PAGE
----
Date of Award

5-2007

Document Type

Thesis

Degree Name

Master of Science (MS)

Legacy Department

Applied Sociology

Advisor

Sturkie, Kinly

Abstract

This study investigates the influence of crisis on the use of charismatic rhetoric. Using computerized content analysis, the speeches and radio addresses of President Bush were examined during four time periods, including pre- and post-September 11th and pre- and post-Hurricane Katrina. Theoretical characteristics of charismatic leadership were examined through the development of eight charismatic rhetoric constructs (collective focus, temporal orientation, followers' worth, similarity to followers, values and moral justifications, tangibility, action, and adversity). Results from MANOVA tests reveal that the rhetorical leadership of President Bush became more charismatic following each of the crises, which suggests that the increased charisma was crisis-responsive instead of visionary during both post-crisis time periods. The implications of the leader, follower, and situation interaction are discussed as they apply to the message of the leader, the emotional involvement of the followers, and the different contexts of the crises.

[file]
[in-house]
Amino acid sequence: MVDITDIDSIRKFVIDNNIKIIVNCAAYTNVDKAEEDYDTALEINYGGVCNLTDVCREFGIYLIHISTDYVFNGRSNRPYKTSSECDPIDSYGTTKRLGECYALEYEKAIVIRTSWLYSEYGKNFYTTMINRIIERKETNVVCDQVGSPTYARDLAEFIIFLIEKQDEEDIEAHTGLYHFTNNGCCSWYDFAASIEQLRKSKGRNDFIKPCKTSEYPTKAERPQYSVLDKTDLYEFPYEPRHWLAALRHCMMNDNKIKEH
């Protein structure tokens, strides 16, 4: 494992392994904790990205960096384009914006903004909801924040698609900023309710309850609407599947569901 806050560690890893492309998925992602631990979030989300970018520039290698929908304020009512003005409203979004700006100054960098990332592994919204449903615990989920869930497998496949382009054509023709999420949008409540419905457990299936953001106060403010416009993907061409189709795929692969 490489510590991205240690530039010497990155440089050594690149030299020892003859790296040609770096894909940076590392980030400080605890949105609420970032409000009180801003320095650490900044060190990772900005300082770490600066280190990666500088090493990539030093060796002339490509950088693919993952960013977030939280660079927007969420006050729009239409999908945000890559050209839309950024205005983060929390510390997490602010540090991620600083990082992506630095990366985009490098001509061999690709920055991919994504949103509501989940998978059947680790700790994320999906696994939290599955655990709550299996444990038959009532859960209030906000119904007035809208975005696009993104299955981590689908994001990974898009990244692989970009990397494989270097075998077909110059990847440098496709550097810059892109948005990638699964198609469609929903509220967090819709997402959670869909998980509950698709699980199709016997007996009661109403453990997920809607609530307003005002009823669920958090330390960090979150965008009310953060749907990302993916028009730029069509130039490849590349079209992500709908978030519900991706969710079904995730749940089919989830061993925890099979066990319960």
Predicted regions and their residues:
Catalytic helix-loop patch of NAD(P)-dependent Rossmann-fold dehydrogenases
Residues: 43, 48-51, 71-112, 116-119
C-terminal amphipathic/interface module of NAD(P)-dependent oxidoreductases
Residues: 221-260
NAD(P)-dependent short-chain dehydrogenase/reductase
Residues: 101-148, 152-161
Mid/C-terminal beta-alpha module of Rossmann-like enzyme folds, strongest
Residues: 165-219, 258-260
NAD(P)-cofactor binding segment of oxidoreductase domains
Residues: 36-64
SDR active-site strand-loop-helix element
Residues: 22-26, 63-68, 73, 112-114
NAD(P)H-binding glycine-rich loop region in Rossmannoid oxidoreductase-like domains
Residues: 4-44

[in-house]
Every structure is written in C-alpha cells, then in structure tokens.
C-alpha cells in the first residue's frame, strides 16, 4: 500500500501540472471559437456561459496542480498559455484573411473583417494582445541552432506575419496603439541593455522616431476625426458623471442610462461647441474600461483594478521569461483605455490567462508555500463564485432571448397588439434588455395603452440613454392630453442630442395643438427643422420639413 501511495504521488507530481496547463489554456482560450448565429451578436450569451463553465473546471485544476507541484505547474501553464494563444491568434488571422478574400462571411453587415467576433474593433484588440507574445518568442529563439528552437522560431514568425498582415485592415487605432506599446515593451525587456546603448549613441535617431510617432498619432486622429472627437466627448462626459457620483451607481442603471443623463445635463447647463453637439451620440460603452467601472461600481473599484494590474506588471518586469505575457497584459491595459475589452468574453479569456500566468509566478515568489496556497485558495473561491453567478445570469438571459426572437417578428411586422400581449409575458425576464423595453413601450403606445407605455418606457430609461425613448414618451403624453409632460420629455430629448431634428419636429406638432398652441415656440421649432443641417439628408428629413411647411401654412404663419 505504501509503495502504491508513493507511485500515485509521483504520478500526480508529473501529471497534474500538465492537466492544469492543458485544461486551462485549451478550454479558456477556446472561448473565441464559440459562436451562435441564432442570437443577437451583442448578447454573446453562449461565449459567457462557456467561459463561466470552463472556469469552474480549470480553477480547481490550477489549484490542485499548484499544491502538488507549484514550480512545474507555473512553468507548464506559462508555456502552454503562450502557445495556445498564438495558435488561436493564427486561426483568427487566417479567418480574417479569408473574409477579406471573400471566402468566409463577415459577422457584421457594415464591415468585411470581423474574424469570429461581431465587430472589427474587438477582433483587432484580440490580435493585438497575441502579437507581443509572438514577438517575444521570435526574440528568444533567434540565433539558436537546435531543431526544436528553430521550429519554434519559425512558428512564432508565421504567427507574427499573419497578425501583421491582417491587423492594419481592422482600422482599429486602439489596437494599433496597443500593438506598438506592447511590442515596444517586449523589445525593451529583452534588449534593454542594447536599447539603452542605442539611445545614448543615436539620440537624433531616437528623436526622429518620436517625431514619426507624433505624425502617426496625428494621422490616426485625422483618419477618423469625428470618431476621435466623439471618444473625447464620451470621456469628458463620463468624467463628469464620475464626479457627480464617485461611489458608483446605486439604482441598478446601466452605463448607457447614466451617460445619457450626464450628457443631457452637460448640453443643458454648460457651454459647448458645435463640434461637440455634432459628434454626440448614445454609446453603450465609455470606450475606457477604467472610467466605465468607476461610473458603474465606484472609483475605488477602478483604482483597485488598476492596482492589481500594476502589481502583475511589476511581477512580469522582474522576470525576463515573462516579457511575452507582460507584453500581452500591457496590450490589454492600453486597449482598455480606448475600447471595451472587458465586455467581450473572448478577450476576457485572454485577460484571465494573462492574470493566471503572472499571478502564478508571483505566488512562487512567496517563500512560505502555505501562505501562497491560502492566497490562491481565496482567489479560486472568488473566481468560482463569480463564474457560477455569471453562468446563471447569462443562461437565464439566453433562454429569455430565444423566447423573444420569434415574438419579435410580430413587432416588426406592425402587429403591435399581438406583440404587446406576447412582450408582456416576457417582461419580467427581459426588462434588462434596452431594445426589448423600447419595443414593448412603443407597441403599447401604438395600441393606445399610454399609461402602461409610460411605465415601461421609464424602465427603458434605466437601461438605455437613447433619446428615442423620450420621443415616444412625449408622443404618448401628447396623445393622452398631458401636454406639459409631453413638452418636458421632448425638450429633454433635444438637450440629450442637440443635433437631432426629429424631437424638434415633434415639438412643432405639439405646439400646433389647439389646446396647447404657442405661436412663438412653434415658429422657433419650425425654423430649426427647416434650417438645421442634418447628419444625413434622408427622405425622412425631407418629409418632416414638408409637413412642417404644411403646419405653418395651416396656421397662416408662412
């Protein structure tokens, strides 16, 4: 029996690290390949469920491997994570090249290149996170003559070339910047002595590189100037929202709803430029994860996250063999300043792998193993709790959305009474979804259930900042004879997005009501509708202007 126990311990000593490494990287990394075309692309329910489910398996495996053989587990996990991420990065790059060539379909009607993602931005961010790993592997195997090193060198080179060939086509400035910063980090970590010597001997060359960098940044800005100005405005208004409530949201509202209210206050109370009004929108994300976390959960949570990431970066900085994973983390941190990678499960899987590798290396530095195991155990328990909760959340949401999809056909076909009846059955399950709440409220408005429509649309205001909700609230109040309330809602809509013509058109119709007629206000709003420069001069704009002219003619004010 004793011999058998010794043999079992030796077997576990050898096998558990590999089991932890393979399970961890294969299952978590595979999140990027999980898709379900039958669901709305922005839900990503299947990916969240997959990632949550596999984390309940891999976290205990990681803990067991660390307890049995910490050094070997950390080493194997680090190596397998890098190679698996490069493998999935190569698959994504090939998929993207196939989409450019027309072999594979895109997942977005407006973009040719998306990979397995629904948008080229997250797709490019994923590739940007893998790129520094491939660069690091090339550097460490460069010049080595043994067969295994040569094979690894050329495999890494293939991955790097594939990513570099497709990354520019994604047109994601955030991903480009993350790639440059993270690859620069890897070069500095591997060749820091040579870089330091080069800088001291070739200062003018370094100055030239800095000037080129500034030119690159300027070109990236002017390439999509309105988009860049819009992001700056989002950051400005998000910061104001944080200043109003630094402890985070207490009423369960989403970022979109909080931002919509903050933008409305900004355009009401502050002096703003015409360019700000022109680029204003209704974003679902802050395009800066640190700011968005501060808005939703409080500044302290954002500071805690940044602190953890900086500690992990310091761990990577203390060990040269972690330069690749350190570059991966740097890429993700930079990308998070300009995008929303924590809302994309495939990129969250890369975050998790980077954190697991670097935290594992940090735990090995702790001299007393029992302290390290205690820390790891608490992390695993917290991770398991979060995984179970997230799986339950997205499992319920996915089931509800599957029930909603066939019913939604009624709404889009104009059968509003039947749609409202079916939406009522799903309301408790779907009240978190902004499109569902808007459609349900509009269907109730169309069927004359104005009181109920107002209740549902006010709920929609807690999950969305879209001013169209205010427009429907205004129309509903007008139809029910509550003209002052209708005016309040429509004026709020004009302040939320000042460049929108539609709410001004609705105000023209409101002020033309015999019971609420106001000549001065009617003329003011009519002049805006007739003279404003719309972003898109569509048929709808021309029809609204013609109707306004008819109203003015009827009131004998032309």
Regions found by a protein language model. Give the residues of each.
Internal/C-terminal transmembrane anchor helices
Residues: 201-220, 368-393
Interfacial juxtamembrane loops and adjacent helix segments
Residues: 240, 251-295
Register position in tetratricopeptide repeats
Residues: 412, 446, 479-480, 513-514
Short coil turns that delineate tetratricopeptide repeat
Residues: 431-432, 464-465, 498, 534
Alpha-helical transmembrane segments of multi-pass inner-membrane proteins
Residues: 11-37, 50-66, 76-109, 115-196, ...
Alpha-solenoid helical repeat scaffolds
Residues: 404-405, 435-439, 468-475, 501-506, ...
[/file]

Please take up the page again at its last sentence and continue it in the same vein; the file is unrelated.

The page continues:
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Sociology Commons

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